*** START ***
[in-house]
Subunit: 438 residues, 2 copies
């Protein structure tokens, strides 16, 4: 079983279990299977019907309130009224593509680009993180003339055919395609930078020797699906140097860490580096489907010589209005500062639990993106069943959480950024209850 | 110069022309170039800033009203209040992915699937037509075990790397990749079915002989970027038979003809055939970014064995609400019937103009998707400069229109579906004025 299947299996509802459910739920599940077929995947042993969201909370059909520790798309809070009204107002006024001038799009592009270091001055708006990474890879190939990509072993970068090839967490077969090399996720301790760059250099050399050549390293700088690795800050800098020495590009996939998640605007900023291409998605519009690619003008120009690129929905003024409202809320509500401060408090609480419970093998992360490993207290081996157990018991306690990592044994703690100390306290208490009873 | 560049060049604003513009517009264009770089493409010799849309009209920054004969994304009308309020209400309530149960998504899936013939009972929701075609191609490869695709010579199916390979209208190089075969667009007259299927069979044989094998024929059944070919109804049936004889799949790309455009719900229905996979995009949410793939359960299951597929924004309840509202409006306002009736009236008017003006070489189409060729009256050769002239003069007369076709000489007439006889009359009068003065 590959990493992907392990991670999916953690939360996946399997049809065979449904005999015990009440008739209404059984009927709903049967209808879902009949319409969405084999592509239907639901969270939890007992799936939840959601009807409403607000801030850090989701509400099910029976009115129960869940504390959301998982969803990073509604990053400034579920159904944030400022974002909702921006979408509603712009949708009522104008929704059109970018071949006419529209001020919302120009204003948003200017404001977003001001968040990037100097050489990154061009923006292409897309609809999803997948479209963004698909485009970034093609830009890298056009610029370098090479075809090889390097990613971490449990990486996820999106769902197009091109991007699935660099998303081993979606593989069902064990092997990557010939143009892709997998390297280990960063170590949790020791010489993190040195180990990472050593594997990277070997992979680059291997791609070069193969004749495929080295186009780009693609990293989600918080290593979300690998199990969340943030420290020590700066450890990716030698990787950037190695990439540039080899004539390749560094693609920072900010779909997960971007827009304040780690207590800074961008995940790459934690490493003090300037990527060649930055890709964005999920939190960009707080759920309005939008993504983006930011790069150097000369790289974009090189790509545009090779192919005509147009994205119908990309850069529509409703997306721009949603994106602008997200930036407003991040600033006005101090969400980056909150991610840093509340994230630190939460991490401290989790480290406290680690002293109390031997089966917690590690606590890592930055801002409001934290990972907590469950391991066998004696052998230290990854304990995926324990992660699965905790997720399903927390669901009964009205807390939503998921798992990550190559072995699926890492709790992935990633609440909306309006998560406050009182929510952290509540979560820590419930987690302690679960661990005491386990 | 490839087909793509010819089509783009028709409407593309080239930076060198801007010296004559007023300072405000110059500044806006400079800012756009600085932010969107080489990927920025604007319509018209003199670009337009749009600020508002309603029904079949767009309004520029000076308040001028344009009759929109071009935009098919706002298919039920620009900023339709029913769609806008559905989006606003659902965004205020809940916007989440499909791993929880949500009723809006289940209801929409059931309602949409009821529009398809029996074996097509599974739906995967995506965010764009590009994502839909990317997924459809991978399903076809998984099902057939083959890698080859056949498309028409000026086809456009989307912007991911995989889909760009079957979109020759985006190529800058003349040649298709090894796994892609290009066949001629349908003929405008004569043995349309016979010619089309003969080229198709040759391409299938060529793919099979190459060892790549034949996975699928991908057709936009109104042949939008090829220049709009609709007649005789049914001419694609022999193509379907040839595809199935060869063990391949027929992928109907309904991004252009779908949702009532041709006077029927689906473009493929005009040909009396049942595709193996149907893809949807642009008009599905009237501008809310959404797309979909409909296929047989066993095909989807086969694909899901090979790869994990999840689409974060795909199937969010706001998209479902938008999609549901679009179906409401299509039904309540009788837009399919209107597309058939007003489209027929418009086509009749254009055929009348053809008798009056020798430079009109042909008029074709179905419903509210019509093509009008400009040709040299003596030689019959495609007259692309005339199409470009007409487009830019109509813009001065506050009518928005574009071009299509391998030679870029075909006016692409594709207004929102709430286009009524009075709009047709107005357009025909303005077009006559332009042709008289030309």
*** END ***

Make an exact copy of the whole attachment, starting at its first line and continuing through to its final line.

[in-house]
Subunit: 438 residues, 2 copies
């Protein structure tokens, strides 16, 4: 079983279990299977019907309130009224593509680009993180003339055919395609930078020797699906140097860490580096489907010589209005500062639990993106069943959480950024209850 | 110069022309170039800033009203209040992915699937037509075990790397990749079915002989970027038979003809055939970014064995609400019937103009998707400069229109579906004025 299947299996509802459910739920599940077929995947042993969201909370059909520790798309809070009204107002006024001038799009592009270091001055708006990474890879190939990509072993970068090839967490077969090399996720301790760059250099050399050549390293700088690795800050800098020495590009996939998640605007900023291409998605519009690619003008120009690129929905003024409202809320509500401060408090609480419970093998992360490993207290081996157990018991306690990592044994703690100390306290208490009873 | 560049060049604003513009517009264009770089493409010799849309009209920054004969994304009308309020209400309530149960998504899936013939009972929701075609191609490869695709010579199916390979209208190089075969667009007259299927069979044989094998024929059944070919109804049936004889799949790309455009719900229905996979995009949410793939359960299951597929924004309840509202409006306002009736009236008017003006070489189409060729009256050769002239003069007369076709000489007439006889009359009068003065 590959990493992907392990991670999916953690939360996946399997049809065979449904005999015990009440008739209404059984009927709903049967209808879902009949319409969405084999592509239907639901969270939890007992799936939840959601009807409403607000801030850090989701509400099910029976009115129960869940504390959301998982969803990073509604990053400034579920159904944030400022974002909702921006979408509603712009949708009522104008929704059109970018071949006419529209001020919302120009204003948003200017404001977003001001968040990037100097050489990154061009923006292409897309609809999803997948479209963004698909485009970034093609830009890298056009610029370098090479075809090889390097990613971490449990990486996820999106769902197009091109991007699935660099998303081993979606593989069902064990092997990557010939143009892709997998390297280990960063170590949790020791010489993190040195180990990472050593594997990277070997992979680059291997791609070069193969004749495929080295186009780009693609990293989600918080290593979300690998199990969340943030420290020590700066450890990716030698990787950037190695990439540039080899004539390749560094693609920072900010779909997960971007827009304040780690207590800074961008995940790459934690490493003090300037990527060649930055890709964005999920939190960009707080759920309005939008993504983006930011790069150097000369790289974009090189790509545009090779192919005509147009994205119908990309850069529509409703997306721009949603994106602008997200930036407003991040600033006005101090969400980056909150991610840093509340994230630190939460991490401290989790480290406290680690002293109390031997089966917690590690606590890592930055801002409001934290990972907590469950391991066998004696052998230290990854304990995926324990992660699965905790997720399903927390669901009964009205807390939503998921798992990550190559072995699926890492709790992935990633609440909306309006998560406050009182929510952290509540979560820590419930987690302690679960661990005491386990 | 490839087909793509010819089509783009028709409407593309080239930076060198801007010296004559007023300072405000110059500044806006400079800012756009600085932010969107080489990927920025604007319509018209003199670009337009749009600020508002309603029904079949767009309004520029000076308040001028344009009759929109071009935009098919706002298919039920620009900023339709029913769609806008559905989006606003659902965004205020809940916007989440499909791993929880949500009723809006289940209801929409059931309602949409009821529009398809029996074996097509599974739906995967995506965010764009590009994502839909990317997924459809991978399903076809998984099902057939083959890698080859056949498309028409000026086809456009989307912007991911995989889909760009079957979109020759985006190529800058003349040649298709090894796994892609290009066949001629349908003929405008004569043995349309016979010619089309003969080229198709040759391409299938060529793919099979190459060892790549034949996975699928991908057709936009109104042949939008090829220049709009609709007649005789049914001419694609022999193509379907040839595809199935060869063990391949027929992928109907309904991004252009779908949702009532041709006077029927689906473009493929005009040909009396049942595709193996149907893809949807642009008009599905009237501008809310959404797309979909409909296929047989066993095909989807086969694909899901090979790869994990999840689409974060795909199937969010706001998209479902938008999609549901679009179906409401299509039904309540009788837009399919209107597309058939007003489209027929418009086509009749254009055929009348053809008798009056020798430079009109042909008029074709179905419903509210019509093509009008400009040709040299003596030689019959495609007259692309005339199409470009007409487009830019109509813009001065506050009518928005574009071009299509391998030679870029075909006016692409594709207004929102709430286009009524009075709009047709107005357009025909303005077009006559332009042709008289030309």